Italian Cuisine: More Than Pasta
Go to any family restaurant with Italian dining in mind and you are likely to order chicken parmesan, pasta alfredo, spaghetti and meatballs, or maybe a pizza. It is easy to think that some pasta, some marinara sauce, a crust of Italian bread and a glass of wine is the beginning and end of Italian cuisine, especially if you grew up in the United States.There is much more than red sauce and starch on the agenda for most Italian regional cuisines, and with all of the various regions and cultures in the boot on the ocean, Italian regional cuisines have as much range as your average New York City block.
There is the tourist region of Tuscany, on the northwestern coast of Italy. Tuscany is sought out for its simple but delicious dishes, seasoned sparingly with basil, parsley, and thyme. Tuscan bread and a little bit of olive oil is a big part of the seafood dishes of the Tuscan region.
Abruzzo, a little known treasure in the middle eastern section of the boot mixes chili peppers into almost all of their dishes. Like many other regions in Italy, there is a mixture of mountain and seafood dishes. Pasta is very often a first course, instead of a part of a stew or entrée. Most of the chefs in the Abruzzo region are skilled at hand rolling their own stuffed pastas, and crepes are used in meat dishes, rolled in savory sauces or put in to broths. Polenta is enjoyed with hearty sausages and rich, meaty sauces.
Sardinia, an island off of the western coast of Italy is home to a rich fishing tradition as well as a beautiful mountainous inland landscape. This, in addition to a rich heritage of not only Italians, but also Arabs, French, Greeks, and Spaniards, has made the island home to a diverse culture of seafood and meat dishes spiced with fennel and saffron. Stews and rich, hearty pastas make up a large part of the local cuisine in Sardinia, as well as sheep milk’s cheese.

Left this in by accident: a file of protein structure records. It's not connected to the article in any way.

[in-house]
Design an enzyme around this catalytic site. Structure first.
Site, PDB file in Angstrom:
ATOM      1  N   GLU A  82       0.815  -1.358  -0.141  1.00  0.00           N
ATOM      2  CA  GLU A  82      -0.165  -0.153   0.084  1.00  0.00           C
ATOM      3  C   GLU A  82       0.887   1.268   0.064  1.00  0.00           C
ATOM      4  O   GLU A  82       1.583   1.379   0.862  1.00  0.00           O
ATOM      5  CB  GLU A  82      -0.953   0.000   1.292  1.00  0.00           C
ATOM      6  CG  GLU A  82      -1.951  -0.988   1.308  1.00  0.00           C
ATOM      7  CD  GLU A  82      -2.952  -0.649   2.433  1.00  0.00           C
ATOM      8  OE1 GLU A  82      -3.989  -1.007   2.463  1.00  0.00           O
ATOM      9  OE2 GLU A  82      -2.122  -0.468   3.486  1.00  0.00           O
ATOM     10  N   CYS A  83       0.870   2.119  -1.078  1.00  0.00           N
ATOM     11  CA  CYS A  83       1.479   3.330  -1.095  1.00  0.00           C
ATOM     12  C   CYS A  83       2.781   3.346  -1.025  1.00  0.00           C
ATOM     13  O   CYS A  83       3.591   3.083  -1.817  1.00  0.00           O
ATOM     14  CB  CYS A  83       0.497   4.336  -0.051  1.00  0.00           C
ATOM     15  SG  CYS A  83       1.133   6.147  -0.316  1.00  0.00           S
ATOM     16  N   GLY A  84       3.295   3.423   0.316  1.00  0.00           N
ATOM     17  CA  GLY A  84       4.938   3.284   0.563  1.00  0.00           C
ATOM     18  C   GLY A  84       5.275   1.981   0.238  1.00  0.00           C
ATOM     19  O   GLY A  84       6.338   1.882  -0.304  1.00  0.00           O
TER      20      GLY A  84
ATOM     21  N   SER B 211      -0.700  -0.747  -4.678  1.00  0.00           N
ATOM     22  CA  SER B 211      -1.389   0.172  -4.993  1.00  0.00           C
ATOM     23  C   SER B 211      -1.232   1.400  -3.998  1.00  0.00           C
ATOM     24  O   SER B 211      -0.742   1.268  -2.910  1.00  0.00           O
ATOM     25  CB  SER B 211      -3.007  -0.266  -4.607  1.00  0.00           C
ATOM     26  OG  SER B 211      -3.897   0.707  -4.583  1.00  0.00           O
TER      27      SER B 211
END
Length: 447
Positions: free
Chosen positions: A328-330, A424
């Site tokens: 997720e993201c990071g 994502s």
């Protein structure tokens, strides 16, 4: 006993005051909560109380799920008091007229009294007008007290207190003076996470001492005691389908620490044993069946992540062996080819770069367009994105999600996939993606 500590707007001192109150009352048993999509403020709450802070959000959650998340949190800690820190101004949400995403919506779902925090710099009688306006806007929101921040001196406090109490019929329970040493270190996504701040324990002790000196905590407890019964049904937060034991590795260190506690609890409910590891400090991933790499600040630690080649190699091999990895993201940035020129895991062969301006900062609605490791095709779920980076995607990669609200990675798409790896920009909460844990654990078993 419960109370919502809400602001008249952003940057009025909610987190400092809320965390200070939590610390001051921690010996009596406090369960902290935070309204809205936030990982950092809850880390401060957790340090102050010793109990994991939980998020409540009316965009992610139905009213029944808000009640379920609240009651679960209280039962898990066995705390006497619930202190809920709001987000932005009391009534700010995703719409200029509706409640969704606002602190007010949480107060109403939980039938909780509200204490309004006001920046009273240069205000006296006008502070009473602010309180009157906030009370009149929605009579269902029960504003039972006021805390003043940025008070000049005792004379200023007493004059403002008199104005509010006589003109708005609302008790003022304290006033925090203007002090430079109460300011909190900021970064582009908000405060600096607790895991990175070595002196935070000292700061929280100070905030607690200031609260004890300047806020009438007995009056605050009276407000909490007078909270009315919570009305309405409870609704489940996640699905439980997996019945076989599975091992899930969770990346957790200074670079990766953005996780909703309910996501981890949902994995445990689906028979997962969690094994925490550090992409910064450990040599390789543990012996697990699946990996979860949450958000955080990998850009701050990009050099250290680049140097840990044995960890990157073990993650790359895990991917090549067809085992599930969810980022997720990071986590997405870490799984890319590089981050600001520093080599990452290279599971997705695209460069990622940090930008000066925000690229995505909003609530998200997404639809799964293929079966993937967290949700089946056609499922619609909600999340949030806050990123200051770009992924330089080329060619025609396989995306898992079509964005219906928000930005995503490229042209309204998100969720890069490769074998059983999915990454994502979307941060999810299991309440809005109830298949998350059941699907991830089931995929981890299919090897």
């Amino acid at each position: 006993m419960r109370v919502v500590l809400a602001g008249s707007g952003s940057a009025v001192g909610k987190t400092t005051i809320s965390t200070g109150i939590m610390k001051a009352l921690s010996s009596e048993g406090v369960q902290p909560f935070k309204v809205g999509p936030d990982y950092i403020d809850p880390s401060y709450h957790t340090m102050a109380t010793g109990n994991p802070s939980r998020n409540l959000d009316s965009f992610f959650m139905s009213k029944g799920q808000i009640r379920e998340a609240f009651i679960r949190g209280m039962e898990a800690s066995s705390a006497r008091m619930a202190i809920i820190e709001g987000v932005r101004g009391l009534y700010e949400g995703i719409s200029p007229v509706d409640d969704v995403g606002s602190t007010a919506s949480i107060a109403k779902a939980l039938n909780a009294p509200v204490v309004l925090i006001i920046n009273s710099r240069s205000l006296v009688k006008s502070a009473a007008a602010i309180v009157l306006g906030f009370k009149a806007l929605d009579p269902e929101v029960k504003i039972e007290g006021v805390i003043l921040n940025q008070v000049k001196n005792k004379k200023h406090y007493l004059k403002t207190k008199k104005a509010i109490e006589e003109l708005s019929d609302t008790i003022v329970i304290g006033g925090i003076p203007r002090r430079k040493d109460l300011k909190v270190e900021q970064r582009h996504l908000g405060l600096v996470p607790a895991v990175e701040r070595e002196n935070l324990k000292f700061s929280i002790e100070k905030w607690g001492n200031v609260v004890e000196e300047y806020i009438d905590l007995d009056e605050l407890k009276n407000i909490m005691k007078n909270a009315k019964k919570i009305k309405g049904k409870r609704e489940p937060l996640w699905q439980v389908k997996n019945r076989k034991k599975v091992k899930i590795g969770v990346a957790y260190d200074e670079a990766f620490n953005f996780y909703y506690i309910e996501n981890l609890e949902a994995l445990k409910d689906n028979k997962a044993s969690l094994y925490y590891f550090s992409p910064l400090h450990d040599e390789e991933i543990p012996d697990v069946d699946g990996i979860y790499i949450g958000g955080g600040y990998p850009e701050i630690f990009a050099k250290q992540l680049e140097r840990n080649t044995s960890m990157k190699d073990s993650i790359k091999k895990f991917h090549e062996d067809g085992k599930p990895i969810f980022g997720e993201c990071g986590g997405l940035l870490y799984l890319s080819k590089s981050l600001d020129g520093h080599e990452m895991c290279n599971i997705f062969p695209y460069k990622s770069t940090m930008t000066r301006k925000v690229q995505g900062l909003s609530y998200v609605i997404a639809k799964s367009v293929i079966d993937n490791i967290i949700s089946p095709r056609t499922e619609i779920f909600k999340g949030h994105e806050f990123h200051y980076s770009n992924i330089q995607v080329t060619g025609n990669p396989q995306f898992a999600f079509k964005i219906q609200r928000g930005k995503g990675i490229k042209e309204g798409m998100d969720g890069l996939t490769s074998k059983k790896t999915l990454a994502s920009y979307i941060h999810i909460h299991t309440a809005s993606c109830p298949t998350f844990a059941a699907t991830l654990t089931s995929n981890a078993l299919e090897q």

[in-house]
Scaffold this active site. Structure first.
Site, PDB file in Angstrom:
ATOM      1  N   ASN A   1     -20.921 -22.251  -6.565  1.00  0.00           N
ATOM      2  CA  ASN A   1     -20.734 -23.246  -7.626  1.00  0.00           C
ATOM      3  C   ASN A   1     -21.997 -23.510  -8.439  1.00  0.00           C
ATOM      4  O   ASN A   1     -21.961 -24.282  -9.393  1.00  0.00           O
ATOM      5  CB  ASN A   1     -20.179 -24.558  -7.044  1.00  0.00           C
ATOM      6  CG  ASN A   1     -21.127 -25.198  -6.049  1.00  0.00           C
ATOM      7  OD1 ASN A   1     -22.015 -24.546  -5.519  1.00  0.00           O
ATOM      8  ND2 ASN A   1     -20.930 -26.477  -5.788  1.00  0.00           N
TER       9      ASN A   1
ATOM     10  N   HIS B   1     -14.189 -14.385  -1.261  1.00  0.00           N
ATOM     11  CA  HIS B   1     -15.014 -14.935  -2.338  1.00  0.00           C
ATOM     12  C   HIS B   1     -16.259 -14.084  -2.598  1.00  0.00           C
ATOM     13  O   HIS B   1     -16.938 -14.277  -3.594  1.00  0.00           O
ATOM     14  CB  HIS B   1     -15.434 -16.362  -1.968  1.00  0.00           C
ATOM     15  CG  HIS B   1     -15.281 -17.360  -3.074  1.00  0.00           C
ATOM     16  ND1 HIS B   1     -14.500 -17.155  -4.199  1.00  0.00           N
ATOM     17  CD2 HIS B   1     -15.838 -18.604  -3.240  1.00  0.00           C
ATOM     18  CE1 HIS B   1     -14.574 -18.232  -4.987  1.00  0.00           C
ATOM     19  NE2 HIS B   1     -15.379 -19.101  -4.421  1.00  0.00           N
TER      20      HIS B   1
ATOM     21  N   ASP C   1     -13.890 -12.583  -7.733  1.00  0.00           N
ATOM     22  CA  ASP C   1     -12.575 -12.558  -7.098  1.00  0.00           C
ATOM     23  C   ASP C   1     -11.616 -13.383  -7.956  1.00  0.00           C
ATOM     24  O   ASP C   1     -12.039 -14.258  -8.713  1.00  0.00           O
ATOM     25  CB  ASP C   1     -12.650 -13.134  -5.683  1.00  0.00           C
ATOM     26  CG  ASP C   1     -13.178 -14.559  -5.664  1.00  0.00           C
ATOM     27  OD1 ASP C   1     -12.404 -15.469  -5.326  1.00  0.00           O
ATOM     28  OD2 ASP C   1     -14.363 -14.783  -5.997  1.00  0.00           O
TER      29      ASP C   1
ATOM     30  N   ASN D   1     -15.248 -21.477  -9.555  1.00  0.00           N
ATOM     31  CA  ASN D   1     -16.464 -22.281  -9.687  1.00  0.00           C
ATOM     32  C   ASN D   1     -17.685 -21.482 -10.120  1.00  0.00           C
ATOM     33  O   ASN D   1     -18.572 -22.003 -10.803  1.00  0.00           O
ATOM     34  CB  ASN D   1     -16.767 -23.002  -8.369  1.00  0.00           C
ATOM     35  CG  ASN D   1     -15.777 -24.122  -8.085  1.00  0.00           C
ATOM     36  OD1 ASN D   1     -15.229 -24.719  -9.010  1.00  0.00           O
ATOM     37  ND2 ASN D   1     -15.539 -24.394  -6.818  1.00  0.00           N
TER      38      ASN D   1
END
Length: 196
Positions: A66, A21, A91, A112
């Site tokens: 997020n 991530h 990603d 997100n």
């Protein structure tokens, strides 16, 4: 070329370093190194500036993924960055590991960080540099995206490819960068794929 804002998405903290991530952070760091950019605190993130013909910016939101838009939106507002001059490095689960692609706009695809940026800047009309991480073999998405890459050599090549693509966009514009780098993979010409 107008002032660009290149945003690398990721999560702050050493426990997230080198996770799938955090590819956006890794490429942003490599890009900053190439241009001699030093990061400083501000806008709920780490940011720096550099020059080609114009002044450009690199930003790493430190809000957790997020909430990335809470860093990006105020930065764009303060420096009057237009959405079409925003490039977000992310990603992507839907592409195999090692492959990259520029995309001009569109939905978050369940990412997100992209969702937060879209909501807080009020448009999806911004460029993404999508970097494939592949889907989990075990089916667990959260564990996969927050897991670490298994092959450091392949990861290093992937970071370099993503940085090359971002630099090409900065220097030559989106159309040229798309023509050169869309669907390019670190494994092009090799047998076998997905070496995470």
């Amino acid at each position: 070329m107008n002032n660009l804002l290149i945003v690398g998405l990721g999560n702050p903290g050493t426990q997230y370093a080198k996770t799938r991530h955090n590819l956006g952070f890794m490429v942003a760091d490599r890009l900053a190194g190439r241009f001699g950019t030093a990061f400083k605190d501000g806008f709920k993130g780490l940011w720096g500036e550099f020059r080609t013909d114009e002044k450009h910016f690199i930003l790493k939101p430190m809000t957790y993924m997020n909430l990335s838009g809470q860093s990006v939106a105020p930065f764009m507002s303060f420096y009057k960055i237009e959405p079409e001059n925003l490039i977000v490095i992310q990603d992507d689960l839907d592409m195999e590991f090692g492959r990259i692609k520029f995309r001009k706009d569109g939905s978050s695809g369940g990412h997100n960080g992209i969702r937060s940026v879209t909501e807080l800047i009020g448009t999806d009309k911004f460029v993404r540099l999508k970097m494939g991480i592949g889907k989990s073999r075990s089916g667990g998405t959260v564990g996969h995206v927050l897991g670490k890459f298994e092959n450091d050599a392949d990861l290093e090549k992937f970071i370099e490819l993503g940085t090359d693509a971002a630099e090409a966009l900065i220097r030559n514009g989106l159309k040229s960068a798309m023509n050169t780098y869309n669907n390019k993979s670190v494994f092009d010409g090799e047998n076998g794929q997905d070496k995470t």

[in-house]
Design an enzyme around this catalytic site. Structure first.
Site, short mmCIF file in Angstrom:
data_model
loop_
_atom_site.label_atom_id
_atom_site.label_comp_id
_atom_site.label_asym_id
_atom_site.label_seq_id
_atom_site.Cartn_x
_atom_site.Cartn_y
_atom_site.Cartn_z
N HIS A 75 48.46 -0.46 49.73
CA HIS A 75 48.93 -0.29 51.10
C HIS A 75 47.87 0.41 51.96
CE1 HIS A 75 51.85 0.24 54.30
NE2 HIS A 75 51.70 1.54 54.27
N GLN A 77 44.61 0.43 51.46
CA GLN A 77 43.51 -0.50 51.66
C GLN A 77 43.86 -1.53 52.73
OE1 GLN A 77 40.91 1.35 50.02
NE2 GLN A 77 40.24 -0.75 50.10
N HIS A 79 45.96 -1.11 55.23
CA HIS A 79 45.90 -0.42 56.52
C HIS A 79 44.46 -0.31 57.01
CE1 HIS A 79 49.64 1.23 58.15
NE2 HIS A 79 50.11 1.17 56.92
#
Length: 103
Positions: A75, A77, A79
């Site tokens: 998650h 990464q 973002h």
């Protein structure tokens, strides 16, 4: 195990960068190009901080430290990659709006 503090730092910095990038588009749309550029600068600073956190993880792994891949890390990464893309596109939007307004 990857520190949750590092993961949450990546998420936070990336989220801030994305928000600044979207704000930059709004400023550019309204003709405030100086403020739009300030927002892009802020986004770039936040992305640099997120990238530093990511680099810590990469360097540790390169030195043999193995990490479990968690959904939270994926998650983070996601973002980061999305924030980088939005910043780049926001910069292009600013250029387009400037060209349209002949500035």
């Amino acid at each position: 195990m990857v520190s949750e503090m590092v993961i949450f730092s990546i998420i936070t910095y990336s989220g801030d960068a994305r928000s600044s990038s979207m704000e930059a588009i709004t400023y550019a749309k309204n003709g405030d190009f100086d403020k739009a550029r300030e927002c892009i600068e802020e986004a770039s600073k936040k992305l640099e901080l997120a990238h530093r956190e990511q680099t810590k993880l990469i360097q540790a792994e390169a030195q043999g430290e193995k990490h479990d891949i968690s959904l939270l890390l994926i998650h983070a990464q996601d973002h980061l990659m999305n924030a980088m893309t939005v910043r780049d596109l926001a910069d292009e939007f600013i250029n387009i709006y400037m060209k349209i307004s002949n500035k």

Emilia-Romagna is perhaps the most sought out region of Italy in terms of local cuisine. It is often called the market basket of Italy. Located in northern Italy, Emilia-Romagna is home to many of Italy’s most renowned dishes, like Prosciutto di Parma, Mortadella, Parmigiano-Reggiano, and balsamic vinegar. Chefs in the Emilia Romagna region have a penchant for gregarious presentation and rich spices.
Much like the American idea of Chinese food, the American idea of Italian food is only the tip of the iceberg. Italian regional cuisine is marked by the country’s locality to northern Africa and other Mediterranean countries, as well as a diverse local landscape, ranging from mountains to oceans. Sheppards, shopkeepers, farmers, and fisherman all contribute to one of the most diverse cultural cuisines in the world. Next time you are in the mood for Italian food, try something a little bit different than your usual spaghetti and meatballs, maybe a saffron seafood stew or a polenta. Rest assured, you won’t think of the words “Italian cuisine” the same again.